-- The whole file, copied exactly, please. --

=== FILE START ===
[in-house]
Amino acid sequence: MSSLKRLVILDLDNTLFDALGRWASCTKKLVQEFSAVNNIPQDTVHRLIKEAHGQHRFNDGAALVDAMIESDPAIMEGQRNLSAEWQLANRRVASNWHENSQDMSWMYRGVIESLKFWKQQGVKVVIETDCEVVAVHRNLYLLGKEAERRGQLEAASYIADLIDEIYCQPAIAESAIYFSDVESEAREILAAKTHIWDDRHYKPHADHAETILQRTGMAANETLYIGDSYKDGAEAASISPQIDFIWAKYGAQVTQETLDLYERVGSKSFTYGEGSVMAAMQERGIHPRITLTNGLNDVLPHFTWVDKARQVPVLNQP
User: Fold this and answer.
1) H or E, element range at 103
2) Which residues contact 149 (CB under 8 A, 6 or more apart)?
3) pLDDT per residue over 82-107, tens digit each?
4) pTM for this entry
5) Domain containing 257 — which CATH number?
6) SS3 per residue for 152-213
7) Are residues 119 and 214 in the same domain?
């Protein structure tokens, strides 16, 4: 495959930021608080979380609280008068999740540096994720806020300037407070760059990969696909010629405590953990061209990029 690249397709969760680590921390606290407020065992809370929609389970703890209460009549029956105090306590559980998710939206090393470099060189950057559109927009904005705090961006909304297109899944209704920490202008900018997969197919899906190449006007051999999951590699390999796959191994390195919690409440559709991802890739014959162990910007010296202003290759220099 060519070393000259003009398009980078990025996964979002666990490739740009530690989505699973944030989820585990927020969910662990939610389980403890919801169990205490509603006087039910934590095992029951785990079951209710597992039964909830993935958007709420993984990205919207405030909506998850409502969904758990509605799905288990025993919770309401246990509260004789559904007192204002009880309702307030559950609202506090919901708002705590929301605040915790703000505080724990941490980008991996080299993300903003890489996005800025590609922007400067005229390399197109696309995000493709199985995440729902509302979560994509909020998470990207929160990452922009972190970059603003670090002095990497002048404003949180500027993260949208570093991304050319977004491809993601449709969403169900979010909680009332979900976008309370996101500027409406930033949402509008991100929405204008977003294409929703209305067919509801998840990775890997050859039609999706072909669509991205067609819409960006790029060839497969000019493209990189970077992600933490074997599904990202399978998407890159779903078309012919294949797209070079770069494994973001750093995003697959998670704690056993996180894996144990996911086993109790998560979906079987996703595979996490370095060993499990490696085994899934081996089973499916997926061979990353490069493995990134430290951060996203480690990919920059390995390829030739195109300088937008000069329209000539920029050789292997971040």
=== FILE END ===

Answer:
[in-house]
Amino acid sequence: MSSLKRLVILDLDNTLFDALGRWASCTKKLVQEFSAVNNIPQDTVHRLIKEAHGQHRFNDGAALVDAMIESDPAIMEGQRNLSAEWQLANRRVASNWHENSQDMSWMYRGVIESLKFWKQQGVKVVIETDCEVVAVHRNLYLLGKEAERRGQLEAASYIADLIDEIYCQPAIAESAIYFSDVESEAREILAAKTHIWDDRHYKPHADHAETILQRTGMAANETLYIGDSYKDGAEAASISPQIDFIWAKYGAQVTQETLDLYERVGSKSFTYGEGSVMAAMQERGIHPRITLTNGLNDVLPHFTWVDKARQVPVLNQP
User: Fold this and answer.
1) H or E, element range at 103
2) Which residues contact 149 (CB under 8 A, 6 or more apart)?
3) pLDDT per residue over 82-107, tens digit each?
4) pTM for this entry
5) Domain containing 257 — which CATH number?
6) SS3 per residue for 152-213
7) Are residues 119 and 214 in the same domain?
């Protein structure tokens, strides 16, 4: 495959930021608080979380609280008068999740540096994720806020300037407070760059990969696909010629405590953990061209990029 690249397709969760680590921390606290407020065992809370929609389970703890209460009549029956105090306590559980998710939206090393470099060189950057559109927009904005705090961006909304297109899944209704920490202008900018997969197919899906190449006007051999999951590699390999796959191994390195919690409440559709991802890739014959162990910007010296202003290759220099 060519070393000259003009398009980078990025996964979002666990490739740009530690989505699973944030989820585990927020969910662990939610389980403890919801169990205490509603006087039910934590095992029951785990079951209710597992039964909830993935958007709420993984990205919207405030909506998850409502969904758990509605799905288990025993919770309401246990509260004789559904007192204002009880309702307030559950609202506090919901708002705590929301605040915790703000505080724990941490980008991996080299993300903003890489996005800025590609922007400067005229390399197109696309995000493709199985995440729902509302979560994509909020998470990207929160990452922009972190970059603003670090002095990497002048404003949180500027993260949208570093991304050319977004491809993601449709969403169900979010909680009332979900976008309370996101500027409406930033949402509008991100929405204008977003294409929703209305067919509801998840990775890997050859039609999706072909669509991205067609819409960006790029060839497969000019493209990189970077992600933490074997599904990202399978998407890159779903078309012919294949797209070079770069494994973001750093995003697959998670704690056993996180894996144990996911086993109790998560979906079987996703595979996490370095060993499990490696085994899934081996089973499916997926061979990353490069493995990134430290951060996203480690990919920059390995390829030739195109300088937008000069329209000539920029050789292997971040």